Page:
“The Treaty on Security Guarantees essentially assumes, not in theory, but in practice, to obtain an effective instrument for protecting our territory and sovereignty,” Mihailo Podolyuak, top adviser to Ukrainian President Volodymyr Zelenskyy, said of the talks. “The guarantor countries become, so to speak, the leading armies of the world, including those with a nuclear component, which take on specific legal obligations — to intervene in any conflict on the territory of Ukraine, to immediately supply weapons.”
Ukraine proposed that it would remain militarily neutral but was also seeking “mandatory entry into the single market of the European Union as a full-fledged member.”
Podolyuak stressed the importance of NATO countries such as the U.S., UK., Turkey and Germany being signatories of any potential treaty, arguing that their support would help “avoid the traditional Russian non-binding nature of legal treaties.”
The comments come as the latest round of peace negotiations, which were facilitated by Turkish President Recep Tayyip Erdogan, has made progress towards a resolution to the conflict.
According to reporting from the Wall Street Journal, Il presidente russo Vladimir Putin has agreed to meet with Zelenskyy to initial any treaty once negotiations have concluded, a sign that both sides are warming to potential progress.
But Ukraine’s demands could still be a roadblock for Russia, author and former DIA agent Rebekah Koffler told Fox News Digital Tuesday.
“There’s a huge gap between the positions of the two countries,” disse Koffler. “What Ukraine is looking for is not acceptable to Russia.”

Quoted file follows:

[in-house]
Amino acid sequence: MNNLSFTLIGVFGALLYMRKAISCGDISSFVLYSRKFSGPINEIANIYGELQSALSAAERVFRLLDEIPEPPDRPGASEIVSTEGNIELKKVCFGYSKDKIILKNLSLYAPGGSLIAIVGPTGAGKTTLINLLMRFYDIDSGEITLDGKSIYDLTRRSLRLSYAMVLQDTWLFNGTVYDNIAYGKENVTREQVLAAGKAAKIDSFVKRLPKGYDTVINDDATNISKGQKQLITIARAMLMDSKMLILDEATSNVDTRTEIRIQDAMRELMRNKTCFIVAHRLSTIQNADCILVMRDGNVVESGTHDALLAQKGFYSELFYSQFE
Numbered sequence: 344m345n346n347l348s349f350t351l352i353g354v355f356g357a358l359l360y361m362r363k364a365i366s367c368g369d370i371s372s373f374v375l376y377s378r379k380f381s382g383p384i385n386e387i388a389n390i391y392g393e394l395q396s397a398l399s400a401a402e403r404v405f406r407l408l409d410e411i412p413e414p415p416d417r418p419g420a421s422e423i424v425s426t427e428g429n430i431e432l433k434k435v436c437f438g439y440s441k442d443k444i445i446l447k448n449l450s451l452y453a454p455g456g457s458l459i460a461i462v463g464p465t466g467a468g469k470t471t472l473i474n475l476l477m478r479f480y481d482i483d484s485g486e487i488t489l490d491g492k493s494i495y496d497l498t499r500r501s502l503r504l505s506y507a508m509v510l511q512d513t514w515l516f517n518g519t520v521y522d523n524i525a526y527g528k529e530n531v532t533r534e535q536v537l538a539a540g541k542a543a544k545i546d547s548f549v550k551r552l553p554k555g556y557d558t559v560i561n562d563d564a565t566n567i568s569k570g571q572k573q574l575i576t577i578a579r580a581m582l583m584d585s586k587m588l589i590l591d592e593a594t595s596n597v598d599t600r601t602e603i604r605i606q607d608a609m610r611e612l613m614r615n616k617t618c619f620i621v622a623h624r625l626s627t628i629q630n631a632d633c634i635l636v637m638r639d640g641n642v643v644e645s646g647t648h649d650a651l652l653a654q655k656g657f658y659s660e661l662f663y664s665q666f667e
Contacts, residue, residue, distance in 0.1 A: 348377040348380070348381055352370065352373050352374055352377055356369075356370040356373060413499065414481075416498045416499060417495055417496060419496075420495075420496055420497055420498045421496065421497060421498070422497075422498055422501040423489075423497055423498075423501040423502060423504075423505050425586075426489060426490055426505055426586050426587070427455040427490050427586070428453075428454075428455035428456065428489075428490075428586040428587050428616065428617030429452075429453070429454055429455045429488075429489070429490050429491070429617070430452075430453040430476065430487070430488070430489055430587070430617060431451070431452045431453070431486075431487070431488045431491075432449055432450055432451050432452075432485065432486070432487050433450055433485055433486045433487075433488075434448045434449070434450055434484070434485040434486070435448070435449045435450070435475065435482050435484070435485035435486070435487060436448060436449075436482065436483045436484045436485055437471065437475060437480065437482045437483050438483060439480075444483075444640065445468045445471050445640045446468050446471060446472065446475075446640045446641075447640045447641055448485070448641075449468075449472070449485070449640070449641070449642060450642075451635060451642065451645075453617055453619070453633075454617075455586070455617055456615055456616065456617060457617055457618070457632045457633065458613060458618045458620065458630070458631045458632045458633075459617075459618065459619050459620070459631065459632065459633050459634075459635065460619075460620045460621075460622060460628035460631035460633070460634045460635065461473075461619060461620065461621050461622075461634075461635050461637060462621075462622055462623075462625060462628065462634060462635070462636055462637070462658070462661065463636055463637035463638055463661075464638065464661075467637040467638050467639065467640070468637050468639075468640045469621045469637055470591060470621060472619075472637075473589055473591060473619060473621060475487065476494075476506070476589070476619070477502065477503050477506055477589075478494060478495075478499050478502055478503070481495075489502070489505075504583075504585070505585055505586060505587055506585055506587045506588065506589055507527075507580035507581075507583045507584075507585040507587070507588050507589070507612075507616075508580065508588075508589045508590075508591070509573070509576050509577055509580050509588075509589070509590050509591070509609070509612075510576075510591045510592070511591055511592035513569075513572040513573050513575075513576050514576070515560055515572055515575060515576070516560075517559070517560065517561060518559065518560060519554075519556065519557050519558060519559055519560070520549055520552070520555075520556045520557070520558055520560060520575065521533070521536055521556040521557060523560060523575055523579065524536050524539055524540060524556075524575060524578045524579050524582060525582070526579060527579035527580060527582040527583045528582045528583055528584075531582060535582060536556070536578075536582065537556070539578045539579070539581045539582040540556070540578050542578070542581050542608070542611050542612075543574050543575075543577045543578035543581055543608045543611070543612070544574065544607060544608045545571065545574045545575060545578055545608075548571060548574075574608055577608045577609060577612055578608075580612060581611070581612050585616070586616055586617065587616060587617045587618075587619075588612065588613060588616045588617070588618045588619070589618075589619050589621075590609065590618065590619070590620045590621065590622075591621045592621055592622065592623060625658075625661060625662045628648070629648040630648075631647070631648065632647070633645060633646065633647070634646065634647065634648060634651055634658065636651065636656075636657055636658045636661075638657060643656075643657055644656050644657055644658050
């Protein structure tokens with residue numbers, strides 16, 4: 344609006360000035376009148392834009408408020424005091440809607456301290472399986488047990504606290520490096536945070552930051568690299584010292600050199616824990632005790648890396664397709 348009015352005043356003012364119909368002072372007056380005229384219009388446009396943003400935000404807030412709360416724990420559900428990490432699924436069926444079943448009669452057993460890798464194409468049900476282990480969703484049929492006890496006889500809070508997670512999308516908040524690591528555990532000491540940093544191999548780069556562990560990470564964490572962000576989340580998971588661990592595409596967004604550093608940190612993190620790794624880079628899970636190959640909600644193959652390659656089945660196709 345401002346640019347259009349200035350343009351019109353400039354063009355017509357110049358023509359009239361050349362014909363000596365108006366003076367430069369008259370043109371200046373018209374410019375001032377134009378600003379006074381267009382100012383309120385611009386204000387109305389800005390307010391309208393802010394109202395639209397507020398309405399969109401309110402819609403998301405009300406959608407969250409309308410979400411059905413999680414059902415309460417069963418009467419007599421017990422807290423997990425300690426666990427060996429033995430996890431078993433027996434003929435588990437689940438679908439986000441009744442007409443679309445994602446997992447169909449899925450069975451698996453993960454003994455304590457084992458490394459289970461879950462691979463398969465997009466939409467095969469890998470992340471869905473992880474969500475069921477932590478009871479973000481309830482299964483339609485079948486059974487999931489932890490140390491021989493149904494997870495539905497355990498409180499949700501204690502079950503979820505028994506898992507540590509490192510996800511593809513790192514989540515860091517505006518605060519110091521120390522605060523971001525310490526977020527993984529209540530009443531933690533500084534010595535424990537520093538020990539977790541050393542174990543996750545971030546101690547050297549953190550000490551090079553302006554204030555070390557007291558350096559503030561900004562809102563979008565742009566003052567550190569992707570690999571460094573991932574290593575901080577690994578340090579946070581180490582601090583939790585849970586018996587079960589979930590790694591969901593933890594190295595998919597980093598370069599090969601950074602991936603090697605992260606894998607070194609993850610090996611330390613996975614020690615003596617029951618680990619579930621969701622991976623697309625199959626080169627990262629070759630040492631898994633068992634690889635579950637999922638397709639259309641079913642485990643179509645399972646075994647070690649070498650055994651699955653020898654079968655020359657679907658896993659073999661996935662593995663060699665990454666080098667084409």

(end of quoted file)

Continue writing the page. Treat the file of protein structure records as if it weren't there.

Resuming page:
Koffler said that the security guarantees Ukraine is seeking “basically amount to NATO membership,” making the prospects of an actual agreement “unachievable.”
“The Russians are not going to go for that, because the whole point of this conflict is to prevent Ukraine from becoming a NATO member,” disse Koffler, noting that Russia views Ukrainian NATO membership as an “existential threat” to its security.
Russia promised to limit operations near the Ukrainian capital of Kyiv in what Russian chief negotiator Vladimir Medinsky classified as a show of good will, though Russian forces have continued the shelling of targets in northern Ukraine as negotiations have been ongoing.
But Koffler said that its more likely Russia is using the negotiations as a “tactic” to allow it to regroup.
“Regretfully, this negotiation is another tactic by Putin to buy time to regroup and cause confusion among European and U.S. leaders and, più importante, our intelligence services,” disse Koffler, adding that she doubts Russia is actually negotiating “in good faith.”